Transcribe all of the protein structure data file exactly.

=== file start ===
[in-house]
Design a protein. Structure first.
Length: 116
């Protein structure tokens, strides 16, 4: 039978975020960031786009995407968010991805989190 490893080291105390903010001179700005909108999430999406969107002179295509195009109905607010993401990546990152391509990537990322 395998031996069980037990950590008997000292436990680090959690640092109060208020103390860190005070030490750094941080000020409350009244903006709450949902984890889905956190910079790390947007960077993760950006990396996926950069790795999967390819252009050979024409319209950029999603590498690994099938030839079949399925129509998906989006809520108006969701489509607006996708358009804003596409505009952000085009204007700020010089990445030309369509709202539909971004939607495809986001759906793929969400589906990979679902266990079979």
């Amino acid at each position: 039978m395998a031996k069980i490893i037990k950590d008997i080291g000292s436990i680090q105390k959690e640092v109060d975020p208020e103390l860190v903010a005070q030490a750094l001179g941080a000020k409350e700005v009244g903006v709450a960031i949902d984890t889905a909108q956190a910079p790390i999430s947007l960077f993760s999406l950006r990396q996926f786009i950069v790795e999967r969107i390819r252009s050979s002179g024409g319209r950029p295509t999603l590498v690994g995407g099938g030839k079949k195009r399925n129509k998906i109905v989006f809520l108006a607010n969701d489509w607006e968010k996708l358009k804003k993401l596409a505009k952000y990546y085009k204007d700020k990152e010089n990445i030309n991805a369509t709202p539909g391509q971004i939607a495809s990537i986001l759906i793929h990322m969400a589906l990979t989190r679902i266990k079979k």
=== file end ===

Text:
[in-house]
Design a protein. Structure first.
Length: 116
């Protein structure tokens, strides 16, 4: 039978975020960031786009995407968010991805989190 490893080291105390903010001179700005909108999430999406969107002179295509195009109905607010993401990546990152391509990537990322 395998031996069980037990950590008997000292436990680090959690640092109060208020103390860190005070030490750094941080000020409350009244903006709450949902984890889905956190910079790390947007960077993760950006990396996926950069790795999967390819252009050979024409319209950029999603590498690994099938030839079949399925129509998906989006809520108006969701489509607006996708358009804003596409505009952000085009204007700020010089990445030309369509709202539909971004939607495809986001759906793929969400589906990979679902266990079979």
């Amino acid at each position: 039978m395998a031996k069980i490893i037990k950590d008997i080291g000292s436990i680090q105390k959690e640092v109060d975020p208020e103390l860190v903010a005070q030490a750094l001179g941080a000020k409350e700005v009244g903006v709450a960031i949902d984890t889905a909108q956190a910079p790390i999430s947007l960077f993760s999406l950006r990396q996926f786009i950069v790795e999967r969107i390819r252009s050979s002179g024409g319209r950029p295509t999603l590498v690994g995407g099938g030839k079949k195009r399925n129509k998906i109905v989006f809520l108006a607010n969701d489509w607006e968010k996708l358009k804003k993401l596409a505009k952000y990546y085009k204007d700020k990152e010089n990445i030309n991805a369509t709202p539909g391509q971004i939607a495809s990537i986001l759906i793929h990322m969400a589906l990979t989190r679902i266990k079979k």